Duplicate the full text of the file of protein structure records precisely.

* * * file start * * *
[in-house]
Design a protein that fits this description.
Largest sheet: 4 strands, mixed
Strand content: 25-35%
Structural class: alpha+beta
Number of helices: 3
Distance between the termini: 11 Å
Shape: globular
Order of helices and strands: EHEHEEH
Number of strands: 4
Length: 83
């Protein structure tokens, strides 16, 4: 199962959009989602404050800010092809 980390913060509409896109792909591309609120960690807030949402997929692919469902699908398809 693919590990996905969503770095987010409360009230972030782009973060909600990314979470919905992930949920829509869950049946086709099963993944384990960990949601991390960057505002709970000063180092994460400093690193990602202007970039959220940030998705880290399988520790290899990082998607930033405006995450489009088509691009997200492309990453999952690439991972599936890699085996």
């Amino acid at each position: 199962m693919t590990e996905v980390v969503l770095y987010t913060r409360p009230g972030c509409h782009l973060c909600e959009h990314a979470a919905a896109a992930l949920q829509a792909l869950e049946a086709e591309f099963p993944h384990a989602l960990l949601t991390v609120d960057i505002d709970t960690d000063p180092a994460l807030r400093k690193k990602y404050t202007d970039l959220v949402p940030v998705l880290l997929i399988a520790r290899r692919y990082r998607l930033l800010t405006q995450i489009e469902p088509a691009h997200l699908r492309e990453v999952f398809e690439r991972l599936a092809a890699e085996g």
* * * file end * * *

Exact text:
[in-house]
Design a protein that fits this description.
Largest sheet: 4 strands, mixed
Strand content: 25-35%
Structural class: alpha+beta
Number of helices: 3
Distance between the termini: 11 Å
Shape: globular
Order of helices and strands: EHEHEEH
Number of strands: 4
Length: 83
């Protein structure tokens, strides 16, 4: 199962959009989602404050800010092809 980390913060509409896109792909591309609120960690807030949402997929692919469902699908398809 693919590990996905969503770095987010409360009230972030782009973060909600990314979470919905992930949920829509869950049946086709099963993944384990960990949601991390960057505002709970000063180092994460400093690193990602202007970039959220940030998705880290399988520790290899990082998607930033405006995450489009088509691009997200492309990453999952690439991972599936890699085996």
């Amino acid at each position: 199962m693919t590990e996905v980390v969503l770095y987010t913060r409360p009230g972030c509409h782009l973060c909600e959009h990314a979470a919905a896109a992930l949920q829509a792909l869950e049946a086709e591309f099963p993944h384990a989602l960990l949601t991390v609120d960057i505002d709970t960690d000063p180092a994460l807030r400093k690193k990602y404050t202007d970039l959220v949402p940030v998705l880290l997929i399988a520790r290899r692919y990082r998607l930033l800010t405006q995450i489009e469902p088509a691009h997200l699908r492309e990453v999952f398809e690439r991972l599936a092809a890699e085996g």